The following paper was given by Robin Marie Averbeck at the S-USIH Conference in Indianapolis as part of the panel titled, “No Bound For Riches Has Been Fixed For Man: Greed and the Intellectual History of Twentieth-Century American Capitalism.” Read the introduction to the panel here, and the first paper by Andy Seal here. Kurt Newman’s paper will be posted tomorrow, with my comments on the whole panel to follow. Enjoy.
In 1967, Sargent Shriver, director of the Office of Economic Opportunity, defended President Johnson’s War on Poverty in the House of Representatives. “Every one of these programs,” Shriver said, “can be perverted into a form of the dole – paternalistic, unilateral and degrading.” Johnson’s new programs, however, would be different. As Shriver explained, “the poverty program must stake its existence on that same ideal upon which our nation gambled from the outset: Democracy. Community action is the democratic antidote to the dole.”
Now, I want to worm my way into my talk today by unpacking this quote. What is Shriver saying? At first blush, his point seems obvious – in touting the democratic, grass-roots nature of the federal anti-poverty programs known as Community Action, Shriver is appealing to the spirit of participatory democracy so prevalent in the political atmosphere of the mid-1960s, and associating Johnson’s reforms with that movement.
From another perspective, however, Shriver’s statement can be very puzzling. After all, what is he here contrasting to democracy? The dole – a phrase that in general use refers to welfare payments but has it roots as the colloquial name given to the one of the key pillars of social democratic reform in early twentieth century Britain. So here we have a policy intended to ameliorate inequality and ensure a standard of living for the poor, being described as undemocratic. Moreover, when Shriver describes the dole as “paternalistic, unilateral and degrading,” he appeals to a history of thinking about welfare that entails a broadly shared set of assumptions about political economy and individual autonomy.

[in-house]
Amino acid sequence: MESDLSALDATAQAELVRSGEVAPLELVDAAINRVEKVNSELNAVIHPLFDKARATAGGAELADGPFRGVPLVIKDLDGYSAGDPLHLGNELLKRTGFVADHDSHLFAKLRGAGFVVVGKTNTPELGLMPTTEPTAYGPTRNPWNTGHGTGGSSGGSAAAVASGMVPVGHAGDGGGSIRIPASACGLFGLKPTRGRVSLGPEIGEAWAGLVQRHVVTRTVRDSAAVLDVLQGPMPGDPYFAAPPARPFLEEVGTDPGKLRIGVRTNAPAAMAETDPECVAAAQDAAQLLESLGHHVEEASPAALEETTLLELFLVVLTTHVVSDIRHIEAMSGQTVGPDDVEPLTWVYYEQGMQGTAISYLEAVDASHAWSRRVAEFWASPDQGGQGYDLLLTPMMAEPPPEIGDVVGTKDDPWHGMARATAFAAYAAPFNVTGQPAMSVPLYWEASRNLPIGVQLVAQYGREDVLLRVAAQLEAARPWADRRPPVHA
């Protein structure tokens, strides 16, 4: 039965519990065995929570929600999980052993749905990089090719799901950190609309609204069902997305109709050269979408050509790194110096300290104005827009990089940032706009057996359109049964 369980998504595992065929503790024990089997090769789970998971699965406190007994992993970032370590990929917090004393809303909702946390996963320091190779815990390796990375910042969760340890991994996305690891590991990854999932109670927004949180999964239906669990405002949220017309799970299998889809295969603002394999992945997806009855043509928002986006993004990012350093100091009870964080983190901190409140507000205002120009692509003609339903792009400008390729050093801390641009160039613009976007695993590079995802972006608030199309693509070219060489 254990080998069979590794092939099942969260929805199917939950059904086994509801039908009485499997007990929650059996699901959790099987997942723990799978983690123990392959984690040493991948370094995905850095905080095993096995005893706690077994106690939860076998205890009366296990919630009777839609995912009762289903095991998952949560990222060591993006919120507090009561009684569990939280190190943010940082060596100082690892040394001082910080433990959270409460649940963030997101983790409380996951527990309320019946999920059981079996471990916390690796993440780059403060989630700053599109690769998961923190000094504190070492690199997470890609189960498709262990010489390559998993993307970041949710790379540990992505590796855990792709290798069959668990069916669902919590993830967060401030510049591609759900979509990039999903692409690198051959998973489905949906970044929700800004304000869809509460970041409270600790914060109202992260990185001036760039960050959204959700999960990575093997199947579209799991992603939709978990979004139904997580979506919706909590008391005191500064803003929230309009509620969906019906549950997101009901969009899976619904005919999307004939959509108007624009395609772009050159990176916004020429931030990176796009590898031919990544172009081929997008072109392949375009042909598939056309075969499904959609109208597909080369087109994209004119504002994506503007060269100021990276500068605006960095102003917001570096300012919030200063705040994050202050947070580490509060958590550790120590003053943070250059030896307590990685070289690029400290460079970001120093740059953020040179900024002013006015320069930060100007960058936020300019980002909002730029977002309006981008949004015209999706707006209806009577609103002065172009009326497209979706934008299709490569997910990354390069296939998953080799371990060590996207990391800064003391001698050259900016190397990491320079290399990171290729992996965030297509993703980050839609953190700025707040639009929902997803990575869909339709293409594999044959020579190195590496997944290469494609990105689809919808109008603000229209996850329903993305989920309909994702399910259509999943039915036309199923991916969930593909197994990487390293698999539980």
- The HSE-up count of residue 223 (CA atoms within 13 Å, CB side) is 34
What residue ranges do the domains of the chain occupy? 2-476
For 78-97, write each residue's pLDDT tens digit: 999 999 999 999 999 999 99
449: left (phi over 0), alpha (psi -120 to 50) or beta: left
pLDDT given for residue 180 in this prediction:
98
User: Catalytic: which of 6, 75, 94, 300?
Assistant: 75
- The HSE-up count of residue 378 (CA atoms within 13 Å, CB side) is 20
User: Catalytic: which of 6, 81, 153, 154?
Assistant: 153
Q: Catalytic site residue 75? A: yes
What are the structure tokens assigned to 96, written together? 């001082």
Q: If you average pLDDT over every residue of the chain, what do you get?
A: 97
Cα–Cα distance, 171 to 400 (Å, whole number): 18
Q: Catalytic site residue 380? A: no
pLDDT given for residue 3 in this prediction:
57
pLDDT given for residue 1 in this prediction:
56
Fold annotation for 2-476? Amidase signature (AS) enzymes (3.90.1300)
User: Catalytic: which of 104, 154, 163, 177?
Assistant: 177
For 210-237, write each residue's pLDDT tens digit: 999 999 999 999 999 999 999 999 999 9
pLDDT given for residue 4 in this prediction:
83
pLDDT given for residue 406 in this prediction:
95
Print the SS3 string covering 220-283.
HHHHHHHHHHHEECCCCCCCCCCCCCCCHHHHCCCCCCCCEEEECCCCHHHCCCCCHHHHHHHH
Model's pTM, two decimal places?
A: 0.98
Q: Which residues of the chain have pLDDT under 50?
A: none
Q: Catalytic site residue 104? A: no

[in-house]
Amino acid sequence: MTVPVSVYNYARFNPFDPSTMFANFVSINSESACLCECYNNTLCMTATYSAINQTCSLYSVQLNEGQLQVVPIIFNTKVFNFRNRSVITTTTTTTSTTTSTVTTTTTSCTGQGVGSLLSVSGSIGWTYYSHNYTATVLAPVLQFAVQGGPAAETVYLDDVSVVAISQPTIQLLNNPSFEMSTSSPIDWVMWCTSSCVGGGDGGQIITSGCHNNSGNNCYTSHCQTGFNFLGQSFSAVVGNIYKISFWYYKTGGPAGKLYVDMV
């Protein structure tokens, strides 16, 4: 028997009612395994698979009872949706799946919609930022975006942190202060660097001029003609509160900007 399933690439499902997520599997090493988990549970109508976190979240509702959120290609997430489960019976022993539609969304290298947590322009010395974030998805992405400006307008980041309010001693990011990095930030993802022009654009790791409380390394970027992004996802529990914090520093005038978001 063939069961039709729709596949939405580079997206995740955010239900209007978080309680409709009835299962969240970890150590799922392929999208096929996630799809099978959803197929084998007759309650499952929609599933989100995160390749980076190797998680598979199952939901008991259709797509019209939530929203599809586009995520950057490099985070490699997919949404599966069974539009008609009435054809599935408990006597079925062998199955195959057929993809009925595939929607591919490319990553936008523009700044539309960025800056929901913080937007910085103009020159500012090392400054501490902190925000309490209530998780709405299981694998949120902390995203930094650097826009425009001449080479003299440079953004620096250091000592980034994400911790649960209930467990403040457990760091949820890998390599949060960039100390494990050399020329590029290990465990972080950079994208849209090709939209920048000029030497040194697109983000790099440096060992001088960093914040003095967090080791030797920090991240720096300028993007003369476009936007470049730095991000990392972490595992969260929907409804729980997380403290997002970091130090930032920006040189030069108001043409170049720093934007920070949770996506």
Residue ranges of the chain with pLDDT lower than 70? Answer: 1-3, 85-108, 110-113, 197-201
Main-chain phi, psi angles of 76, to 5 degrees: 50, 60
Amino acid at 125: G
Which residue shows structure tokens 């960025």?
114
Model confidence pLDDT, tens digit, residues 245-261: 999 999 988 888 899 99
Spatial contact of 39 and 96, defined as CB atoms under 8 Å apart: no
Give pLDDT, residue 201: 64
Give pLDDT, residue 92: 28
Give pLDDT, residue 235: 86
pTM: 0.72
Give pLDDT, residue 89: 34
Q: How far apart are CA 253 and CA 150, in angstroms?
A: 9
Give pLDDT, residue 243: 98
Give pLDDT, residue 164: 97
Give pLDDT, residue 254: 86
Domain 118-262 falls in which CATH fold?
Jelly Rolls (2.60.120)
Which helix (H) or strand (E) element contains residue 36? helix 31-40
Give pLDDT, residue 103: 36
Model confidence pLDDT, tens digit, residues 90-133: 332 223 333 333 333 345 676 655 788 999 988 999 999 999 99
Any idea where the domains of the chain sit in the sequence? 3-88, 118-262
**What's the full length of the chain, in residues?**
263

And these are the assumptions I want to poke at today by talking about the relationship between the post-war discourse of dependency and the rhetoric of the “greedy poor” which rose to prominence shortly thereafter. I want to start this exploration, however, in what might seem like an unlikely place – the body of social scientific work, often referred to as pluralism, the consensus school, or even post-capitalist thought, that focused on the discontents of mostly middle-class life in the decades following World War II. In particular, I hope to illuminate the ways in which this scholarship, although primarily preoccupied with the problems of the financially secure, infused and shaped the way scholars and policy makers thought about poverty.
So first I want us to turn our attention to the problem of dependency in pluralist scholarship. David Riesman’s The Lonely Crowd, easily the most famous and widely read book of this school, is nothing if not deeply concerned with dependency. For the primary problem with the “other-directed” personality Riesman believed was on the rise was precisely that it depended, all too much, on the other. As Riesman wrote, “while all people want and need to be liked by some of the people some of the time, it is only the modern other-directed types who make this their chief source of direction and chief area of sensitivity.”It was an erosion of individuality and independence that worried Riesman.
And the consequence of this “other-directed” dependency was anxiety – in particular, an anxiety about one’s position in the social landscape of American communities, what Richard Hofstadter famously referred to as “status anxiety.” Crucial to understanding status anxiety, pluralists argued, was to understand how it was an anxiety detached from material, or economic, concerns. As Seymour Martin Lipset explained, “status insecurities and status aspirations are most likely to appear as sources of frustration, independent of economic problems, in periods of prolonged prosperity.” Of course, affluence itself, the pluralists argued, made purely psychological anxiety possible – indeed, it was the very lack of satisfaction that ensued after economic security was obtained that made status anxiety so dangerous. As Riesman and Nathan Glazer explained, speaking here of the typical member of the fundamentally irrational New Right, “it is not jobs or goods they do not have that worry them; indeed, what worries them is often that they do not know what worries them, or why, having reached the promised land, they still suffer.” But my concern here is not to launch into an exploration of how flimsy pluralist school explanations for such New Right phenomena as McCarthyism actually were, as was brilliantly accomplished by Michael Paul Rogin over 40 years ago. Rather, I hope to remind us of how deeply the post-war sociological imagination, if you will, was embedded in a framework that ignored, downplayed, or simply thought past questions of class and political economy.